I have not been able to come to a satifactory determination in my own mind about the follwing fact scenario..... Suspect had a falling out with employer and was fired. Suspects husband then began a pattern of phone harrassment against employer(for which a criminal case has been filed). Thereafter the fired employee launchs a facebook assault on former employer with derogatory and untrue statments that are obvuisly designed to harass annoy, embarass etc. However, those communtications have not been sent to the victim directly, merely posted on a public facebook page for anyone to read. I think the statute contemplates a direct communication but there isnt much caselaw that i can find on the electronic communications provision of the law. Anyone else having these issues? Former employer is insistant that they are being harrassed despite the fact that no direct communications have been received. I know.....DONT LOOK AT FACEBOOK! but i want to be sure before i refuse a case with those facts.
There is a civil solution for that person to pursue. Untrue statments made in the public are either Libel or Slander. I would guess that Libel (written) would apply here as they are 'typed in a public place where they can be read'.
I don't believe the online harassment crime would apply.
If the former employee parked his car in a legal spot in front of the business and painted "this is a horrible employer" on the car, would that be illegal? How about a billboard? I think that the action you describe is not contemplated by the statute, and I suspect that, as soon as you started pursuing it, the arguement would either be free speach (to presumably "friends") or "prove I did it...someone is hacking my account"!
There is a case that addresses the issue from 1979 and deals with the free speech issue but it was before electronic communication etc. Private messages sent from one facebook account to another might qualify, but public postings seem to constitute free speech.
I always laugh when I see people trying to criminalize conduct that takes place on the 'scary internets' when, if done off line, would not be illegal. Perhaps that is because I grew up in the internet age or have a better understanding then some 'old people' do of the interwebs.
A law school professor asked us to close are eyes and try to imagine an off line corollary to the conduct that is taking place online, such as exactly what the above poster, Lisa, mentioned. If the off line conduct is legal or Constitutionally protected, then the same is true for the conduct that took place online.
Just because something is on the internet does not somehow make it more scarier or criminal, such as the example complained about here by the OP, or the examples used in other posts here dealing with pics posted online or the online impersonnation laws.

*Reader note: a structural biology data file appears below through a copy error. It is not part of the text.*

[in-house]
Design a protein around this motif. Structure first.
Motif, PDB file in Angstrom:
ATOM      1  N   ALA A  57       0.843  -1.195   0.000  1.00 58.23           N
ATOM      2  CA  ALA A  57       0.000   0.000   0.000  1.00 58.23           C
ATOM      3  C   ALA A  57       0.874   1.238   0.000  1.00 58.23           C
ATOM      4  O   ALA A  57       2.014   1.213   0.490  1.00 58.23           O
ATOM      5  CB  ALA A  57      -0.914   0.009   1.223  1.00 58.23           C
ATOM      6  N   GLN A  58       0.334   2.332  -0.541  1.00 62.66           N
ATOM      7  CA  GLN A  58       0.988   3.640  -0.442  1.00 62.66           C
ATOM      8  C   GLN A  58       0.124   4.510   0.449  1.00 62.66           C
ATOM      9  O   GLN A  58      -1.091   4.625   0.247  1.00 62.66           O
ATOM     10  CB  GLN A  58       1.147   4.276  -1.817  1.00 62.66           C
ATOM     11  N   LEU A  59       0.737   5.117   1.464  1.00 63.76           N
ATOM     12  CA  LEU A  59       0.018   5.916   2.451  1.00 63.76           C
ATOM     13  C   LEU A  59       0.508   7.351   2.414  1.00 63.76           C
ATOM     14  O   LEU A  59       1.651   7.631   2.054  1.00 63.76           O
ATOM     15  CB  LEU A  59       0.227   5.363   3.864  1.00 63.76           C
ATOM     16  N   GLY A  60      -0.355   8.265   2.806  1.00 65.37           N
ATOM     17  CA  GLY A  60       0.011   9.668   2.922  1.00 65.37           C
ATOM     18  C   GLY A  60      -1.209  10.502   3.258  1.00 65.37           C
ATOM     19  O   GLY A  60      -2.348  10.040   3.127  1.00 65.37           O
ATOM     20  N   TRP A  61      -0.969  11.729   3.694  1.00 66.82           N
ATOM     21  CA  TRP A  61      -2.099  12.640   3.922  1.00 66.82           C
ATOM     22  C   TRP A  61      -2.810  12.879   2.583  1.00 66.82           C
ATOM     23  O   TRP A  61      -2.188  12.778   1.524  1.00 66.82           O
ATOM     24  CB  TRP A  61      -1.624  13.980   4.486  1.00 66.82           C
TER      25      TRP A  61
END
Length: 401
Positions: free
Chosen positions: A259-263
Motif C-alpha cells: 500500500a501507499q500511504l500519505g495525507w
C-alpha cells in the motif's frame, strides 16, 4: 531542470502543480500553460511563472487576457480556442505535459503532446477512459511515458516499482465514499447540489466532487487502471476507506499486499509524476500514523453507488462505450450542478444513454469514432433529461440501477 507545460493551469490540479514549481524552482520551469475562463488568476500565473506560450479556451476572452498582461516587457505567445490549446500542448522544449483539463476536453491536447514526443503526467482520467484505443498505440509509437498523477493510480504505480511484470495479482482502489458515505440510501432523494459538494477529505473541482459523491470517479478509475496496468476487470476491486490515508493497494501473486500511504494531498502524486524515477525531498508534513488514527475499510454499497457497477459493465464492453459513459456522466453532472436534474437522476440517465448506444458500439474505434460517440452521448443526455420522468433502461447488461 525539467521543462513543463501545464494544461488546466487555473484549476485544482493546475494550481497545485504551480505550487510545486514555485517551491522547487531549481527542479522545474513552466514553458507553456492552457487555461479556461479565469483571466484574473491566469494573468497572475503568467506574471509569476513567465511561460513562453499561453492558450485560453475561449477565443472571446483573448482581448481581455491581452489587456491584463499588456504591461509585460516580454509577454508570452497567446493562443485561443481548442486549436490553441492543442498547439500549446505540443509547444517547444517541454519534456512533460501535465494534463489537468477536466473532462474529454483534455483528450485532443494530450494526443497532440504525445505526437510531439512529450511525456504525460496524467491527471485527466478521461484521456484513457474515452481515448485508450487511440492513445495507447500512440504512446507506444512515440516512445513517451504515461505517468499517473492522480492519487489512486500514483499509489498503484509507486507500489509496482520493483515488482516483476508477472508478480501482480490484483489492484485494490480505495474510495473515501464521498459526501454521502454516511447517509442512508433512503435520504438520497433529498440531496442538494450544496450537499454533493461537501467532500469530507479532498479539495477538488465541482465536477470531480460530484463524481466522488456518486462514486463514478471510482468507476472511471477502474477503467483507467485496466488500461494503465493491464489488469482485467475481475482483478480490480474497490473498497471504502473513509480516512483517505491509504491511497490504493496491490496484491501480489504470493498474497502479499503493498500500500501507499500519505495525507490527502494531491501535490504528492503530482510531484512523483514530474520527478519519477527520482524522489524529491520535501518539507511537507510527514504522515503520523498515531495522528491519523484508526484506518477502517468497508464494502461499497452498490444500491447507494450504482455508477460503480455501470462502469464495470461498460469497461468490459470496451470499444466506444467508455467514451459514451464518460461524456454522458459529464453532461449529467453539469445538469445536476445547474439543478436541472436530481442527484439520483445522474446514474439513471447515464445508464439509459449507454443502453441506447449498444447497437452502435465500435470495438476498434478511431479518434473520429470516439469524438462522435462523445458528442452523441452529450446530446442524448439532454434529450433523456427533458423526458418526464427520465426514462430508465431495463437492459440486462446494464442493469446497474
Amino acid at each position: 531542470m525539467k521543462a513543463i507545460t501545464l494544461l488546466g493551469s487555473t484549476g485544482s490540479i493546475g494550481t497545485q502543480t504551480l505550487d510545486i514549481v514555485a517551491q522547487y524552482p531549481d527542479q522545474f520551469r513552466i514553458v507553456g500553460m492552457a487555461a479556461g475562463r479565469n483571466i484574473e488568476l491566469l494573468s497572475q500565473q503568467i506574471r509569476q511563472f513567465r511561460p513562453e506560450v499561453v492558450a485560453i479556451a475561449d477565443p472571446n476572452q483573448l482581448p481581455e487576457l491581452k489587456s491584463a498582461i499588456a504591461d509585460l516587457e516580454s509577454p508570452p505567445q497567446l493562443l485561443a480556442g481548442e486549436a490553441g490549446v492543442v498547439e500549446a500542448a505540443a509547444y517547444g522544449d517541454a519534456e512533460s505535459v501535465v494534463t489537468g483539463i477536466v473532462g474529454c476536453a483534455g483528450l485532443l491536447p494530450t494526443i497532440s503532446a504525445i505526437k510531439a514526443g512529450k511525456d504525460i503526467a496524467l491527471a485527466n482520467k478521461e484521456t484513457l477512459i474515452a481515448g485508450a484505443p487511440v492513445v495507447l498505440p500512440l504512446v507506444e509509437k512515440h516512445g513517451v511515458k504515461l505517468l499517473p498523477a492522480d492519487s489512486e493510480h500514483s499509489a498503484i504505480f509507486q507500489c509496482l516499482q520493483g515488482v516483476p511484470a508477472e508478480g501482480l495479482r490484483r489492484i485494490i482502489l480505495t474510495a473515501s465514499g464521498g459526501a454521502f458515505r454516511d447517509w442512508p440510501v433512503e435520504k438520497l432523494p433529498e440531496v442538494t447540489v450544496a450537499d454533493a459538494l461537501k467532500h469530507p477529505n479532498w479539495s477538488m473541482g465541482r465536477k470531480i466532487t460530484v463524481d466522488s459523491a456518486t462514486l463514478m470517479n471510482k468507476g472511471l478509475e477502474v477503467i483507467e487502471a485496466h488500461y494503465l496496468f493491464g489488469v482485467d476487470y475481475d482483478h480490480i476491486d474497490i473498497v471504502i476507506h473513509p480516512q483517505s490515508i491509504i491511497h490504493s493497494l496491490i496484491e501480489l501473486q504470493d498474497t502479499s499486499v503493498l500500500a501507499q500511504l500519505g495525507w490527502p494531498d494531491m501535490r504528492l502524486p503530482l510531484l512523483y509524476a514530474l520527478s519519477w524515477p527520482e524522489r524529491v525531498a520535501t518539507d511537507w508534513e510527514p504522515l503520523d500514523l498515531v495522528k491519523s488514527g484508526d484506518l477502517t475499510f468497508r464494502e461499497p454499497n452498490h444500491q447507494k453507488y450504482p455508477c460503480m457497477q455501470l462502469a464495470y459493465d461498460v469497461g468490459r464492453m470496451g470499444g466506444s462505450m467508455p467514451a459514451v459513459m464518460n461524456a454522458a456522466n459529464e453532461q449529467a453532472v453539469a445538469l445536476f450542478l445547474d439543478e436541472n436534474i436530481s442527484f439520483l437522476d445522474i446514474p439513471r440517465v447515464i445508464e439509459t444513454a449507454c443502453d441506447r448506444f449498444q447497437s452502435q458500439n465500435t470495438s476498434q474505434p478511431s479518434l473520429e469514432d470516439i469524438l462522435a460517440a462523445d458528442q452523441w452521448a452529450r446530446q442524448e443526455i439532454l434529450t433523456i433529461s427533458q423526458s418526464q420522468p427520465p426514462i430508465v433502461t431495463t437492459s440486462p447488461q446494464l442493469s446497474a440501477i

But many of the 'old people' in the Legislature or in public office (especially judges) lack a basic understanding of how the internet works and how stuff online applies in real life.
Posts: 30 | Location: Texas | Registered: December 07, 2011
Here is some case law that can help the OP and others here in dealing with this kind of stuff. It is a recent Federal case from two weeks ago in which the Federal court found these kinds of internet harassment laws to be Unconstitutional. The case is U.S. v. Cassidy, __ F.Supp.2d __, 2011 WL 6260872 (U.S. District Court for the District of Maryland 2011).
This case hits squarely on Texas's online impersonation law. The Federal court held that "inflict[ing] substantial emotional distress" is not enough and that "content-based restriction of speech "must survive strict scrutiny".'
The charge against the defendant "amounts to a content-based restriction because it limits speech on the basis of whether that speech is emotionally distressing to [the victim]." U.S. v. Cassidy, supra. The judge therefore held that because �the Government's interest in criminalizing speech that inflicts emotional distress is not a compelling one, the statute does not survive strict scrutiny." U.S. v. Cassidy, supra.
Here is another story that adds credence to the "My Facebook account was hacked" defense.
"The Ramnit worm has been spreading since April 2010, but was only recently adapted to target Facebook details, according to computer security experts. It was previously used by cyber criminals to steal login credentials for other services, including online banking.
A "worm" is distinct from a normal computer virus in that it can reproduce itself without needing to attach itself to an existing program. This ability means worms can spread very rapidly online."
That is why, some days, some of us feel like glorified babysitters, or life referees. I hope it is understood that i am not wanting to file charges for the public facebook comments. I just wanted to make sure i wasnt missing something that one of the other jurisdictions found that might criminalize such conduct. We dont see to many facebook harassment cases out here.
I was just musing over the fact that facebook really breaks down the walls with their universal, one-term-reaches-many approach to this great blue marble: "poke" can mean so much to so many. You can reach out across the miles to a friend from years ago with a cordial poke --you can refer to a flu shot as a poke; you can talk about jamming a stick in your eye as a poke, and you can describe the incarcerated community's,...well, you get the idea.